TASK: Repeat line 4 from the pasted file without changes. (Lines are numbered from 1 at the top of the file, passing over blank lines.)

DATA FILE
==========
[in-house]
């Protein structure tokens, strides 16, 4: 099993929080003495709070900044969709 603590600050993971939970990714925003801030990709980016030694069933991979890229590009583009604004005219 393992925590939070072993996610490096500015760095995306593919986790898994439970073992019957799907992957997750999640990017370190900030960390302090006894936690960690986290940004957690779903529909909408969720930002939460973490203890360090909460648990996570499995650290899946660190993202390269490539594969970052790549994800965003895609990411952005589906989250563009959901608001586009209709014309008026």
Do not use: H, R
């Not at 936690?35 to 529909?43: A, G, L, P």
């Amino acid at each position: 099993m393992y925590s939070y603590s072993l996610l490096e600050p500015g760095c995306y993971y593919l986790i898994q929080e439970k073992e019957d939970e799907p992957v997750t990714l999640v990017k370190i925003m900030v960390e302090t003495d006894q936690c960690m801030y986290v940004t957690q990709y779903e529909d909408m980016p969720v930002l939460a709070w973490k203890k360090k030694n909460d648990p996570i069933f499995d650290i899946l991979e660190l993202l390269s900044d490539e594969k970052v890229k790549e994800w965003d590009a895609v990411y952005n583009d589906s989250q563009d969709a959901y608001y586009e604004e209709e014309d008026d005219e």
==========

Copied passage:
């Not at 936690?35 to 529909?43: A, G, L, P």